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  common pothos
From: Alektra at aol.com on 2002.11.20 at 09:12:22(9619)
Has anybody on this list ever gotten common pothos to bloom under normal
indoors conditions? How is it done? Is it even capable of blooming, or does
it just spread vegetatively?

From: "N Carroll" ncarz at charter.net> on 2002.11.20 at 11:41:55(9620)
"Normal" pothos (epipremnum?) has apparently never been
seen in bloom. But it certainly cannot reach the
appropriate size indoors. "normal" pothos, when it has a
tree to climb (as in Miami) can get leaves that are about
18" to 24" inches across and have deep "cuts" in the
leaves like monstera delisciosa. If you want bigger leaves
it must have something to climb


From: "Derek Burch" derek at horticulturist.com> on 2002.11.20 at 14:49:41(9622)
So where is Peter when we need him !!!

My impression is that flowering only occurs when the plant has got a lot of
growth under its belt and is about as far up its support as it can get. The
only time that it has flowered for me was when it unexpectedly did so in the
late 50s on a fairly small tree in Coconut Grove- and gave Monroe Birdsey
all manner of goosebumps and chances to publish descriptions. Perhaps it
likes to come off its support and hang down before it flowers.

I did play around with growth regulator treatments in containers some years
ago, and as I remember did get a vastly malformed tiny inflorescence with
gibberellic acid - but it didn't seem worth pursuing (actually I can't
remember if I had a serious thought in mind when I tried it, or if it was
idle curiosity).

From: "Julius Boos" ju-bo at msn.com> on 2002.11.21 at 01:19:04(9626)

Please give us a description on what you are referring to as 'common
does it have green leaves w/ yellow markings?? Several plants sold at
home-depot/k-mart type stores have this name, none belong to or are in the
genus Pothos. All w/ the yellow markings are juvenile forms of a HUGE
Asian climber, it covers adult pine trees here in WPB, Florida, the leaves
are about 3 ft. long by 18 inches wide, with splits!! It is said to bloom
very rarely near the very top of its maximum climbing height. Peter Boyce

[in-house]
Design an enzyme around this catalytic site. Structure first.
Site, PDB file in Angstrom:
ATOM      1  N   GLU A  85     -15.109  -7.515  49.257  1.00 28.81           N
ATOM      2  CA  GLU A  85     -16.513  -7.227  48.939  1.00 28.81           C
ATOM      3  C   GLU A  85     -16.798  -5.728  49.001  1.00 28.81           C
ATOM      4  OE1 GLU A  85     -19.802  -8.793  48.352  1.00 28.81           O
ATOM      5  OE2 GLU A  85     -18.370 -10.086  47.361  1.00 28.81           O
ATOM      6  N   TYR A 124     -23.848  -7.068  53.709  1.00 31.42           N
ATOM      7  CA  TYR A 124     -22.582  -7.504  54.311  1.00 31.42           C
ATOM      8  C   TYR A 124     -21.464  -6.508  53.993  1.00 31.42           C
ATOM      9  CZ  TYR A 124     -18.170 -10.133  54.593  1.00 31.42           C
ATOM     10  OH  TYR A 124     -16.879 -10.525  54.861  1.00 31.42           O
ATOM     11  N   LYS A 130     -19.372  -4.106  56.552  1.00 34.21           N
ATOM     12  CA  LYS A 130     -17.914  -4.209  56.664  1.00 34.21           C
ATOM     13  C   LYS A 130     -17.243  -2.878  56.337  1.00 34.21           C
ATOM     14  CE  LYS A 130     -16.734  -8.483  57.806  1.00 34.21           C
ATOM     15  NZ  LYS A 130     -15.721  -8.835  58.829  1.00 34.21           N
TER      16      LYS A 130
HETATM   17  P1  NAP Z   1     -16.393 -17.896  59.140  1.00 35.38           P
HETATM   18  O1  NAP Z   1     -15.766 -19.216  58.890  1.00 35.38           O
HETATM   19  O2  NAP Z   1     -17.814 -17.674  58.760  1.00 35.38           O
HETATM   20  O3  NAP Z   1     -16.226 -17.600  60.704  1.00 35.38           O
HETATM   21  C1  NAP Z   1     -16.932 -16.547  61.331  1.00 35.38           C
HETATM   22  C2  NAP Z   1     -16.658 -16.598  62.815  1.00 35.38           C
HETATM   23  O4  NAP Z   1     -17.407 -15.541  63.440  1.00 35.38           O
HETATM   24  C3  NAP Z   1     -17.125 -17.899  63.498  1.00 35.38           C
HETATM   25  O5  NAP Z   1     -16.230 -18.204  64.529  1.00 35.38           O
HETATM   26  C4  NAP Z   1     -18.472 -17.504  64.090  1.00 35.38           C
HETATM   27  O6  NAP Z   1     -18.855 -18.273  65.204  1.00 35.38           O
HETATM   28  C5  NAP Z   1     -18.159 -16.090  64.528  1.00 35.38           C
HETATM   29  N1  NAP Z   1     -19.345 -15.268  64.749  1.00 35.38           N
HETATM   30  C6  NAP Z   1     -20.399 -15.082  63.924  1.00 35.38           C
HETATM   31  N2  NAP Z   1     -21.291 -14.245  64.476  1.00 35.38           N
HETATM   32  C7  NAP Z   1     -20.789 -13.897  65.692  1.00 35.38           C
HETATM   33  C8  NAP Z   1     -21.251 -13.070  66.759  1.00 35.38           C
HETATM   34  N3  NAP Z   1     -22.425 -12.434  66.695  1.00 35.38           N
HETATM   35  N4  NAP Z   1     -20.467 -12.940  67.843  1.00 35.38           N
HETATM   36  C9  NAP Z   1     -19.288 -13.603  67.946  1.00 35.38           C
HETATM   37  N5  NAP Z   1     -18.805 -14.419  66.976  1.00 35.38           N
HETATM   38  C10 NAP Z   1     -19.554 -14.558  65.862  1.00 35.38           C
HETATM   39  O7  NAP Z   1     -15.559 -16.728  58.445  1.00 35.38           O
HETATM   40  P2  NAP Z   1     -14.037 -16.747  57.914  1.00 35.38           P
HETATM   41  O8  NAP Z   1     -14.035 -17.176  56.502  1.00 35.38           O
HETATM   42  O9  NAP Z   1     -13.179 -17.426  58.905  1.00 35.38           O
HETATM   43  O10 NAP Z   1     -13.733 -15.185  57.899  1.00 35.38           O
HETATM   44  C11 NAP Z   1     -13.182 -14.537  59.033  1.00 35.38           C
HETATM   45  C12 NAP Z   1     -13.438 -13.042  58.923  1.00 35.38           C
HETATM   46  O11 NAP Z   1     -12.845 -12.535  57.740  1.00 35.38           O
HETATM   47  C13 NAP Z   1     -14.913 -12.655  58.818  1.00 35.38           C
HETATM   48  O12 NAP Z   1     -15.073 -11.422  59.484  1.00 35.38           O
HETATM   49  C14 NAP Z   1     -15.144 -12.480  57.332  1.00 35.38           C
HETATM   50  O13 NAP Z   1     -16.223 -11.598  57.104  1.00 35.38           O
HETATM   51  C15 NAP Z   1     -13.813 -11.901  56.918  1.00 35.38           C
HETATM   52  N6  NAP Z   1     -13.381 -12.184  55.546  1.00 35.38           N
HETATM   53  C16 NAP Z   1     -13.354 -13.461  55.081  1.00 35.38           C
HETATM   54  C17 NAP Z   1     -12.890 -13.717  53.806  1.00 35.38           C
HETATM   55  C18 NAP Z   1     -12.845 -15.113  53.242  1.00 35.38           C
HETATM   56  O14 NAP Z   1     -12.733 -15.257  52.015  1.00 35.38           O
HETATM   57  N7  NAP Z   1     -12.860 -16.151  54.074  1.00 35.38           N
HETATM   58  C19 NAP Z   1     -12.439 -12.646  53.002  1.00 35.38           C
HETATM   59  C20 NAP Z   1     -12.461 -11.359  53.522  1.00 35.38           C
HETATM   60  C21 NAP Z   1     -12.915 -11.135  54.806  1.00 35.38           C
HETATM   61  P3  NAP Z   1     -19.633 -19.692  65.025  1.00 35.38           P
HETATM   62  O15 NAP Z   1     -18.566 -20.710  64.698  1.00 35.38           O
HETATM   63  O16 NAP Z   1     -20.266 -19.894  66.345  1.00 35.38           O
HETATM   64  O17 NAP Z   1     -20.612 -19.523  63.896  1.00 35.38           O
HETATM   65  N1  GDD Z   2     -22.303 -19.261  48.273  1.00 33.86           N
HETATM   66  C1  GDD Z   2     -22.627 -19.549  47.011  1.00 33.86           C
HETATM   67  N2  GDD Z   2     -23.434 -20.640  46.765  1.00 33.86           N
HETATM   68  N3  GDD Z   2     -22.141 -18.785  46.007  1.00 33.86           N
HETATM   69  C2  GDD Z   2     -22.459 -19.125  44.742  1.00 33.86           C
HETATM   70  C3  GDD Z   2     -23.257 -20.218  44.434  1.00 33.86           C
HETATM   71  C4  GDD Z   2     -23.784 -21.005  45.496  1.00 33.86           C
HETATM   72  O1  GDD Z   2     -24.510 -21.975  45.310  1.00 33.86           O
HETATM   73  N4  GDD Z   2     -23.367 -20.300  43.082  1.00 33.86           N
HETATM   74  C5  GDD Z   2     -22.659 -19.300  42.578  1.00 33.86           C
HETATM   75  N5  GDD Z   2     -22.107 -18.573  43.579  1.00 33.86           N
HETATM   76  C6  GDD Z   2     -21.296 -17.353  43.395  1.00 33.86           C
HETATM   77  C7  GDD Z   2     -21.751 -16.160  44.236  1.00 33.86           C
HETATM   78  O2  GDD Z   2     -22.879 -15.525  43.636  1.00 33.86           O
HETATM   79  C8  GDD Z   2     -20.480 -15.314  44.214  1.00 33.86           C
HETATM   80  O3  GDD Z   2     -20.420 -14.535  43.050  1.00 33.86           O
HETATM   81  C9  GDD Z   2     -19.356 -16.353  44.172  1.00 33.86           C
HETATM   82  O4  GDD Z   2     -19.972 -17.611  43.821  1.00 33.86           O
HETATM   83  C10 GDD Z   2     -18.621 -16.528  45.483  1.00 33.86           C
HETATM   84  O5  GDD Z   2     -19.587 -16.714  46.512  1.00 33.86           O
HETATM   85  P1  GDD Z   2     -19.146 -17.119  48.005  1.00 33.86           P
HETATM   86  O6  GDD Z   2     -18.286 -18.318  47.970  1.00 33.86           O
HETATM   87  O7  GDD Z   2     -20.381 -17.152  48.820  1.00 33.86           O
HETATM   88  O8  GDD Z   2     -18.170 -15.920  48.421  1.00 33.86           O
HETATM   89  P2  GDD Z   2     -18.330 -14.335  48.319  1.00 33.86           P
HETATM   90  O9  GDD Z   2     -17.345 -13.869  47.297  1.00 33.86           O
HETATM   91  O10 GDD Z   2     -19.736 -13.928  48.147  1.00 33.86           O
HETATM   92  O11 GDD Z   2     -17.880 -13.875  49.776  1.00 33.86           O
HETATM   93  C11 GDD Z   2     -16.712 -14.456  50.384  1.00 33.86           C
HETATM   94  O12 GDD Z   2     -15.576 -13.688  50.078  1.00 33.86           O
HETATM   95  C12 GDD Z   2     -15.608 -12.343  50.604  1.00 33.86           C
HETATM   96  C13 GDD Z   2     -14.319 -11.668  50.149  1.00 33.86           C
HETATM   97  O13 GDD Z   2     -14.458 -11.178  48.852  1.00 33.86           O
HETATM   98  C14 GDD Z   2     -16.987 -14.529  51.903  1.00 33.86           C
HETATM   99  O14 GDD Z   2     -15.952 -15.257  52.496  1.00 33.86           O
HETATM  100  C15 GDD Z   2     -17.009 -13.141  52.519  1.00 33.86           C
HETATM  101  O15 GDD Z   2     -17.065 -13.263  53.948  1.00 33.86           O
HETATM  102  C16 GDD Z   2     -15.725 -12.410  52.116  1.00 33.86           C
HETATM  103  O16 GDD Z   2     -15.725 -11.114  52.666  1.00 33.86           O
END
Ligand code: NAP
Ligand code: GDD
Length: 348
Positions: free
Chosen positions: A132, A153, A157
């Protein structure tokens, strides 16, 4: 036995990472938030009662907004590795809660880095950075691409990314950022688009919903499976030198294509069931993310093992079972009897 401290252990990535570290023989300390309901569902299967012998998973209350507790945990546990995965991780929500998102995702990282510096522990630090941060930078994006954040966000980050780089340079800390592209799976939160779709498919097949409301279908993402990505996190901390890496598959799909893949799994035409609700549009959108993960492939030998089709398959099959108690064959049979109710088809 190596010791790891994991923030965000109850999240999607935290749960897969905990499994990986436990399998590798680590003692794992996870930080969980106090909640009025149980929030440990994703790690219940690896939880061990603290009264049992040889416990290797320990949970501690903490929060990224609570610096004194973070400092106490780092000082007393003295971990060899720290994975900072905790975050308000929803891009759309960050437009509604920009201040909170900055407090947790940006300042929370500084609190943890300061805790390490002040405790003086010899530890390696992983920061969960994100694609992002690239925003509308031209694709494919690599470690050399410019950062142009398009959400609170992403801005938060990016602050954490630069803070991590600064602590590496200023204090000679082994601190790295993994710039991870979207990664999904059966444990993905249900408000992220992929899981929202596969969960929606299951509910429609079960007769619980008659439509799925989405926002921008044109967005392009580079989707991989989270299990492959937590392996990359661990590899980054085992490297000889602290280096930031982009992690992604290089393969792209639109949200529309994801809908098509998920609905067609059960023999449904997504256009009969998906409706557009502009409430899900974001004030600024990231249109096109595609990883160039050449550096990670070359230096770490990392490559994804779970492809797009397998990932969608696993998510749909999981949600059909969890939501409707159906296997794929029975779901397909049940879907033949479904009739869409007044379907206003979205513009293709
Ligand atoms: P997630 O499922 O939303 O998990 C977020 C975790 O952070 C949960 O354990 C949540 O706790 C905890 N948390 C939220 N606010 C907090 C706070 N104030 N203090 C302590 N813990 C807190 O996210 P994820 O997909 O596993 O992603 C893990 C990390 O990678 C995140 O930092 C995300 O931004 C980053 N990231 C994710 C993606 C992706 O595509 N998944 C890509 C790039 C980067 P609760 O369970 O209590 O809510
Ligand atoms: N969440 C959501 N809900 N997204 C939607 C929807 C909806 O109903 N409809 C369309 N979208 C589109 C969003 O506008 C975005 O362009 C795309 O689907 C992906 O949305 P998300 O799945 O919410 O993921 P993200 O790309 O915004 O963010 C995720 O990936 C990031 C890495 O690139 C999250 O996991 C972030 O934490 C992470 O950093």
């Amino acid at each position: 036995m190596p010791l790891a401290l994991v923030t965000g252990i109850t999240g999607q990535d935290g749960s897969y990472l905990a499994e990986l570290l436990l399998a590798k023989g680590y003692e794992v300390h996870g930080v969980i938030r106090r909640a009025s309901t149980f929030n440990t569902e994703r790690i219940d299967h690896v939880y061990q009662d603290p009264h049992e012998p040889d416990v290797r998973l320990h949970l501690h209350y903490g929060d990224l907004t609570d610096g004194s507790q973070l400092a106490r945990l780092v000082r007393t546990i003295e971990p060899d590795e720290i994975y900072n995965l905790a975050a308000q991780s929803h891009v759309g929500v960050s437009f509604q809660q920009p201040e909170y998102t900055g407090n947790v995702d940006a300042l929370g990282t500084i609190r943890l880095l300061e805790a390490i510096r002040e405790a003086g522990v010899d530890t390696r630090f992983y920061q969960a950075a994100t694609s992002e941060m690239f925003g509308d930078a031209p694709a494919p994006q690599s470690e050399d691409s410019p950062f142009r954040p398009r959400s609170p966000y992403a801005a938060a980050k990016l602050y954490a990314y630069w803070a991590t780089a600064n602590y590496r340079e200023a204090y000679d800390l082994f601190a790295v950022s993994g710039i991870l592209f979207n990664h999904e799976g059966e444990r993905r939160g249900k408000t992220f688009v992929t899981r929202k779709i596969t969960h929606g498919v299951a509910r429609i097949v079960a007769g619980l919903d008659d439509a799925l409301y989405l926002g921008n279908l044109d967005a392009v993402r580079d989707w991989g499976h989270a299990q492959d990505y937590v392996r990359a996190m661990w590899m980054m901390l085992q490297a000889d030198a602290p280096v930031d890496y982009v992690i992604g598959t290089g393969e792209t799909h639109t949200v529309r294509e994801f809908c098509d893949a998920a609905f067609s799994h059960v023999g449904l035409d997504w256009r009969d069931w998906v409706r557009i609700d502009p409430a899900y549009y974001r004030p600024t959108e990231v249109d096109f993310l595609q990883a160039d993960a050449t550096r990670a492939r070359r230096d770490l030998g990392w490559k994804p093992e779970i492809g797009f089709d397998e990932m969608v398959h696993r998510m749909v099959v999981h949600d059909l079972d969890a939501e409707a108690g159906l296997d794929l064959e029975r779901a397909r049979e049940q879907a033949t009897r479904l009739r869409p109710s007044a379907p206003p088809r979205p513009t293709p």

told me that only a very few blooms had ever been collected, and I have been
on the look-out for a bloom with no success thus far.

Julius Boos

From: "Julius Boos" ju-bo at msn.com> on 2002.11.21 at 02:27:52(9628)
Dear Derek,

What you describe that happened to the plant in Coconut Grove is exactly
what Peter told me to expect some years ago when we discussed the very rare
flowering of this plant.
[By the way, Peter also told me that he thought that he had discovered the
actual source of this varigated plant on some remote island location in
Asis, he had been baffled as the cultivated forms did not exactly match the
species to which they had been previously assigned, but the plant he
discovered on this remote Island were a match for the cultivated forms. He
said he had to do the work of describing this new collection as a new
Here in warm areas of the USA it grows as high as it can get, then hangs off
its support a few feet and blooms. I`ve been on the lookout for this for a
couple of years without sucess, but all the adult plants up here in WPB are
on TALL trees, I will now look for an adult plant on a shorter support, I
also plan to carry a pair of binoculars with me while I travel next spring
and summer to assist in flower-spotting, as the yellow markings of the
leaves probably camoflage the cream-white spathes very wel! I think it
probably will turn out to be a very seasonal bloomer, much like Philodendron
xanadu which blooms for a short period in early spring when it is still
cool, I found only ONE bloom on ONE plant in Oct. two years ago.
Dumping has certainly caused the 'pothos' to become a common escapee around
here! I saw one woman in Wellington who had to spend big bucks to have it
removed from her pine trees which they were smothering!
Lesson, Folks!!!---DON`T plant the left-over 'tiny' plants from the live
flower/plant arrangements in the garden! Syngonium 'frosty' and this
monster LOVE to escape, and will grow to be HUGE!

Good Growing,


From: "Plantsman" plantsman at prodigy.net> on 2002.11.21 at 07:29:30(9629)
I've seen them just as you described on the eastern side of the
island of Maui, Hawai`i. They cover the trunks of the trees and go
up fairly high. I've seen them at least thirty feet up into the
trees and the leaves are totally different from the juvenile stage.
They are over a foot across, almost square and deeply divided.
Their color is a golden-yellow with faded green variegation.

Most that I've seen were in full sun for the morning but were shaded
by their tree during the mid-day and were in the shade of Haleakala
volcano for the late afternoon. This area gets rain nearly every
day or two, so it's a very lush rainforest area. I've never
noticed any flowers on the mature specimens that I've looked at, but
then again, they may be way up high in the tree. Maui has big
brown or blue centipedes over 4 inches long that will put you in the
hospital and they like to live in such places!

David Sizemore

From: Piabinha at aol.com on 2002.11.21 at 18:07:28(9633)
so what's the accurate scientific name for this plant now?

tsuh yang CHEN in NY

From: Mattlagem at aol.com on 2002.11.21 at 20:15:31(9635)
According to Deni Bown's book, it is Epipremnum pinnatum 'Aureum' or
Epipremnum aureum. Michael Mattlage

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